Give me those abortion records!

Should an individual family be able to force Ohio Planned Parenthood to release all of its records of abortions given to minors over the past 10 years?

Published August 28, 2007 7:45PM (EDT)

Here's some good news from the Cincinnati Enquirer: The Ohio 1st District Court of Appeals just overturned a ruling that would have required Cincinnati Planned Parenthood to turn over all its records of abortions given to people under 18 to the lawyers of a family whose teenager had an abortion there.

The basic story: In 2005, a couple identifying themselves as John and Joan Roe filed a lawsuit saying that their daughter -- who'd been impregnated by a 21-year-old man who claimed to be her stepbrother -- had gotten an abortion from a Planned Parenthood clinic without parental consent. (Ohio law requires an unmarried minor to get at least one parent's consent, and that there be a 24-hour wait period between meeting with a physician and actually having the abortion.) Wanting to prove that Cincinnati Planned Parenthood had a history of violating the law, the parents and their lawyer demanded that Planned Parenthood turn over all its records of abortions given to minors over the past 10 years. A pretty bold demand -- and one that Hamilton County Common Pleas Judge Patrick Dinklelacker agreed to in 2006. The defendants appealed, and on Friday, a three-judge panel of the 1st Ohio District Court of Appeals unanimously ruled in their favor. (The family's lawyer said that they would now appeal to the state Supreme Court.)

Think what you want about abortion, but I must say that I agree with the panel's decision for several reasons. First, as Judge Mark Painter pointed out in the decision, "'The potential invasion of privacy rights trumps the probative value of records to this case.'" Second, as this summary of the decision from the Kaiser network reports, the panel said that this specific case is about whether or not Planned Parenthood violated its legal responsibilities to the parents by performing the abortion without their consent. It's not a criminal or class-action case. It's also not supposed to be a general investigation into Planned Parenthood's practices overall. According to Kaiser, "The panel wrote that it found no reason to let the plaintiffs act as 'private attorneys general,' adding that the state could conduct such investigations."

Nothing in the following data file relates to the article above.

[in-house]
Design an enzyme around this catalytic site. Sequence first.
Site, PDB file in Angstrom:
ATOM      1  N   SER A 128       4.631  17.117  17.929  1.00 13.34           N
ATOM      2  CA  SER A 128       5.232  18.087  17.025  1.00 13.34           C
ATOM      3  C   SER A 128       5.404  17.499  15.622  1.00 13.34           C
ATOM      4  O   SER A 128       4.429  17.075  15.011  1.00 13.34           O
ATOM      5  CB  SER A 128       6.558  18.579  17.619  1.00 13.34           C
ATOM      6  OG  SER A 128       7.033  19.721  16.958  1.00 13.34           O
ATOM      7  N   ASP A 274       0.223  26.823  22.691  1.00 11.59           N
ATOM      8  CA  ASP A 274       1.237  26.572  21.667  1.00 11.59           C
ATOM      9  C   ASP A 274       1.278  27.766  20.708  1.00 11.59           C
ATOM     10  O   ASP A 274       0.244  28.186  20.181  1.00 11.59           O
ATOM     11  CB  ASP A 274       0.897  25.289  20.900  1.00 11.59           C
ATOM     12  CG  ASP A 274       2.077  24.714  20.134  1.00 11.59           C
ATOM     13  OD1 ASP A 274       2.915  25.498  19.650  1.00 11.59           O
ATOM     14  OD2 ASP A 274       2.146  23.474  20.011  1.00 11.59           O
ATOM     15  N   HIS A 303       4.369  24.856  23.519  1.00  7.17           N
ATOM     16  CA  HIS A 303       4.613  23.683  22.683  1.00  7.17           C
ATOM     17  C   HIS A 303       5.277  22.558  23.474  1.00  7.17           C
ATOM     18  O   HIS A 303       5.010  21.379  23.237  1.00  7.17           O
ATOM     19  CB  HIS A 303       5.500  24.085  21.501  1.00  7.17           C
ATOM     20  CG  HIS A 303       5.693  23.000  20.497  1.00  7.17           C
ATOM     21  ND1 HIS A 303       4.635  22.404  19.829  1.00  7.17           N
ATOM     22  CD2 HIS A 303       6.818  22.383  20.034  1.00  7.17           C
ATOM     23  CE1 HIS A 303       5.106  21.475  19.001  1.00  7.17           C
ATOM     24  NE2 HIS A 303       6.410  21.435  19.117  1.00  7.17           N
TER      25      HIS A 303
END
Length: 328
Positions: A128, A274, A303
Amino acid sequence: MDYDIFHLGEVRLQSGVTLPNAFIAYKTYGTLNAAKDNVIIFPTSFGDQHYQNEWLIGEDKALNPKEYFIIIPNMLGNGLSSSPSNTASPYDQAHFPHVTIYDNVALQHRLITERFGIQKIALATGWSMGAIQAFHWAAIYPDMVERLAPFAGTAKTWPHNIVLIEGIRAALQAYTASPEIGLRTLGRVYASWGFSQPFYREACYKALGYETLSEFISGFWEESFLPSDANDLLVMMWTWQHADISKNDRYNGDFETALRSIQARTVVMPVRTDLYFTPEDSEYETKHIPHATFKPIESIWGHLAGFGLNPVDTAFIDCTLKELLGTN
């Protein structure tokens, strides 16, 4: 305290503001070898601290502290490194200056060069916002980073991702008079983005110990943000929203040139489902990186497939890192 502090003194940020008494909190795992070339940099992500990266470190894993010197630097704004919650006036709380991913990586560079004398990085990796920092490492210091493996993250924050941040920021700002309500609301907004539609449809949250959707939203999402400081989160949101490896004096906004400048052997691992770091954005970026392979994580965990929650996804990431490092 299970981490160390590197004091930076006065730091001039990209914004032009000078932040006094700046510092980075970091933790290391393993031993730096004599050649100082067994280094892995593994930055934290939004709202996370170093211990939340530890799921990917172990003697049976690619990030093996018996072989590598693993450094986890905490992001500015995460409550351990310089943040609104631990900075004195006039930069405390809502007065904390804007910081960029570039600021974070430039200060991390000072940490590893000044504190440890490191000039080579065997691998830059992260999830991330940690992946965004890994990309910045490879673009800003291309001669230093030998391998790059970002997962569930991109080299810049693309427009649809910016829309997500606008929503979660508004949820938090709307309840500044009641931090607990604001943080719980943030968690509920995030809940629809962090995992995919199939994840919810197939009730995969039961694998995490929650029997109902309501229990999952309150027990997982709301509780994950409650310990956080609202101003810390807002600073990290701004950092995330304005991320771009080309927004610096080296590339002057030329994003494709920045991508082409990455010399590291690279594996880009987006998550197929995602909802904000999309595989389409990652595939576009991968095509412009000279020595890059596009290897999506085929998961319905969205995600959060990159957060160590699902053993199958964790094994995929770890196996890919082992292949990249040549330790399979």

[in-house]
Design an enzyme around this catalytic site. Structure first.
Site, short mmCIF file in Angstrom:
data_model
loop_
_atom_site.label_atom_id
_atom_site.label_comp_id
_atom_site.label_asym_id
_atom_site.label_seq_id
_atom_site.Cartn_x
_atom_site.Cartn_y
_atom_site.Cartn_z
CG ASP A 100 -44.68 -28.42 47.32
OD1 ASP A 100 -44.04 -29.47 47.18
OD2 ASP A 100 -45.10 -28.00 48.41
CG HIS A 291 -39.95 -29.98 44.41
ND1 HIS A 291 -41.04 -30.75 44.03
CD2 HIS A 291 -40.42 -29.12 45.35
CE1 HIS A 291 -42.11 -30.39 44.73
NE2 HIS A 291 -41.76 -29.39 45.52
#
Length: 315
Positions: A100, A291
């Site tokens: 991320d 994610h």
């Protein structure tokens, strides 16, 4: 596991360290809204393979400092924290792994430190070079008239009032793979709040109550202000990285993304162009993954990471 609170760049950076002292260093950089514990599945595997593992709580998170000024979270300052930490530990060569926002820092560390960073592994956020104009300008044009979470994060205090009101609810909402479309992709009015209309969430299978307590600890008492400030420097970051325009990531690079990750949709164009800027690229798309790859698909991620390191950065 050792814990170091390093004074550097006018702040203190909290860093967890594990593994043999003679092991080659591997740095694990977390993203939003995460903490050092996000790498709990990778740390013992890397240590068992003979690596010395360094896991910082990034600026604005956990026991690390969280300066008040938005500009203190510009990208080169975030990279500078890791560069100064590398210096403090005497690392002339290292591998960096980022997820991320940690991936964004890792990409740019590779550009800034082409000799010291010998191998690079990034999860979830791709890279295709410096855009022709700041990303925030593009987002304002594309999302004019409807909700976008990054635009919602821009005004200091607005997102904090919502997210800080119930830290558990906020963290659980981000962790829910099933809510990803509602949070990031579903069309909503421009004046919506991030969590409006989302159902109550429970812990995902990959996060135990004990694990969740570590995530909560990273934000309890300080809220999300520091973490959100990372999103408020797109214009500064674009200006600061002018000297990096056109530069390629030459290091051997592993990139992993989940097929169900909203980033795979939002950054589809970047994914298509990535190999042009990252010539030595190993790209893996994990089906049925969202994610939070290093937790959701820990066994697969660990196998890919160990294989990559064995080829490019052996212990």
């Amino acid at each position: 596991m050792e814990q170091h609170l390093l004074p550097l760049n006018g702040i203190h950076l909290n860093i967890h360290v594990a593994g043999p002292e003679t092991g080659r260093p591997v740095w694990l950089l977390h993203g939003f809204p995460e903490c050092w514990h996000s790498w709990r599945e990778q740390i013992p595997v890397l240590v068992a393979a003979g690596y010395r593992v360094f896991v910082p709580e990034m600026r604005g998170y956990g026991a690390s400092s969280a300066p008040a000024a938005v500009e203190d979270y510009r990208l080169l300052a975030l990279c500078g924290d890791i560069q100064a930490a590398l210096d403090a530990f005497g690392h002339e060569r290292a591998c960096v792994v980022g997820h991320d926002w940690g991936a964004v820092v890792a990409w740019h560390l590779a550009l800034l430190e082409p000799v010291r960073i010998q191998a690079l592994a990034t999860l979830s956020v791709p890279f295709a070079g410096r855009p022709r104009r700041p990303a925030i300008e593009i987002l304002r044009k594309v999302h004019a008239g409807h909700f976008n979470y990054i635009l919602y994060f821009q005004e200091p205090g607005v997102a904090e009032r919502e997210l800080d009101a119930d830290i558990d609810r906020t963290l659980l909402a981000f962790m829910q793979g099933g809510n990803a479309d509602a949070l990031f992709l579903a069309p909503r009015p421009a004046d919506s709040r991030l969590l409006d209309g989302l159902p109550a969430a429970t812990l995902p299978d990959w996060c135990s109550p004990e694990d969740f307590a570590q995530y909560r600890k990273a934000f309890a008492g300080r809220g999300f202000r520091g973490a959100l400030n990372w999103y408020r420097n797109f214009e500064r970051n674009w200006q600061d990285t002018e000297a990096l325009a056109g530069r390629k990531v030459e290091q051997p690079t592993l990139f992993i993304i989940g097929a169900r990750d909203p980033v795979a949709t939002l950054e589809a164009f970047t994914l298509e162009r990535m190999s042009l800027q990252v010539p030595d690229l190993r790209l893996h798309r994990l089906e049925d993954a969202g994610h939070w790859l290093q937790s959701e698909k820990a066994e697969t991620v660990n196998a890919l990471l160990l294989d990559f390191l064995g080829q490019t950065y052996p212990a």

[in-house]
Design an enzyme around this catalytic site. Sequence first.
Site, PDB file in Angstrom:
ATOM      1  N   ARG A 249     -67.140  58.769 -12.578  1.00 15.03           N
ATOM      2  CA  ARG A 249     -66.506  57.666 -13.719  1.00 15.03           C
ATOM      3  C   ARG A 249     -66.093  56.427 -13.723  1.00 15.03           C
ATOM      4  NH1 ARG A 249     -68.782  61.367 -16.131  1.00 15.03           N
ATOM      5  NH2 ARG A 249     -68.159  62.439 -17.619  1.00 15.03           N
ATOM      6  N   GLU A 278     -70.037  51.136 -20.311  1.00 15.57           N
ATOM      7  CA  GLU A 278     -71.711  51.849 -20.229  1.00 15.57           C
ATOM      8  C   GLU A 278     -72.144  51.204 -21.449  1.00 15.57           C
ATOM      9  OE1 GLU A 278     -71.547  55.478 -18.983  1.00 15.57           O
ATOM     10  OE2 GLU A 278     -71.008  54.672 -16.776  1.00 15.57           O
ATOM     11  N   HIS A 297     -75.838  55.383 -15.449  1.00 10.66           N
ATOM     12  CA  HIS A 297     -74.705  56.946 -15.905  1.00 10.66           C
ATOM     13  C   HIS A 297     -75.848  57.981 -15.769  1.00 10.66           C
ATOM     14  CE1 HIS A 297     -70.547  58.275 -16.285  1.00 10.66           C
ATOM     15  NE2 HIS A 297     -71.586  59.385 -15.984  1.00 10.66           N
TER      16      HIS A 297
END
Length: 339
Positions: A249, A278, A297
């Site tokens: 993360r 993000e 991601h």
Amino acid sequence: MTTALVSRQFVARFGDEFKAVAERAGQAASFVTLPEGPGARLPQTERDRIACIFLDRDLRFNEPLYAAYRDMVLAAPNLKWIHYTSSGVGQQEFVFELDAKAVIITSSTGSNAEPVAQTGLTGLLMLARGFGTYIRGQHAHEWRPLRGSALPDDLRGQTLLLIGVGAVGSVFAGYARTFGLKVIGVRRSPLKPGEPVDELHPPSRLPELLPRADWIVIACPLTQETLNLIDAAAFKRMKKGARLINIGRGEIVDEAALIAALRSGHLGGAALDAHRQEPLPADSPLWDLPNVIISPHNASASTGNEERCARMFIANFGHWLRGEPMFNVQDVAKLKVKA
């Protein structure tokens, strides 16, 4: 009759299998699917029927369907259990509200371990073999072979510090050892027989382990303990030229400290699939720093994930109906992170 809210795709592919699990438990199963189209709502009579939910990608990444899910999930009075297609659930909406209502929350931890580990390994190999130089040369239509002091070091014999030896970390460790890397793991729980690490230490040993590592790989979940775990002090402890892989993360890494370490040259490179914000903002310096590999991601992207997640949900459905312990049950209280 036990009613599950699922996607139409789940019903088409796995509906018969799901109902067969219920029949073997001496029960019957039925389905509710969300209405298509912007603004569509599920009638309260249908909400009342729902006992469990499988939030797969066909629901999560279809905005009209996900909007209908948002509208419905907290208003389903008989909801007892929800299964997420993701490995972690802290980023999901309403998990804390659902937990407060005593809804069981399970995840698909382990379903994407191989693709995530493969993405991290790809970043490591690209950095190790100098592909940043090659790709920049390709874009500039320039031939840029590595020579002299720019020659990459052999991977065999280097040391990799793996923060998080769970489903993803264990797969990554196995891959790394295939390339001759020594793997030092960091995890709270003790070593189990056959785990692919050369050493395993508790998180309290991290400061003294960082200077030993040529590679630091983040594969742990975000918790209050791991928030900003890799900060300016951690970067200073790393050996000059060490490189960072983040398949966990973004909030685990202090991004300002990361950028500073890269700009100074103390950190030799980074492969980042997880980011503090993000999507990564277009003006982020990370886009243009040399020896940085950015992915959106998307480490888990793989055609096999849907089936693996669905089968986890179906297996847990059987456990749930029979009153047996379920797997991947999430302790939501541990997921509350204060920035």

The panel's report is a 16-page paper that "'speaks with clarity and elegance,'" Planned Parenthood's lawyer is quoted as saying. But those 16 pages can be reduced down to this paragraph by Painter: "'Are abuse reports and medical records of minors under the age of [18] receiving abortions discoverable, in an identity-cloaking format, by private civil plaintiffs when the records are not necessary to develop the plaintiffs' claims?'" he asks. "'We think not.'''

By Catherine Price

Catherine Price is an award-winning journalist and author of Vitamania: How Vitamins Revolutionized the Way We Think About Food. Her written and multimedia work has appeared in publications including The Best American Science Writing, The New York Times, Popular Science, O: The Oprah Magazine, the Los Angeles Times, The San Francisco Chronicle, The Washington Post Magazine, Salon, Slate, Men’s Journal, Mother Jones, PARADE, Health Magazine, and Outside. Price lives in Philadelphia.

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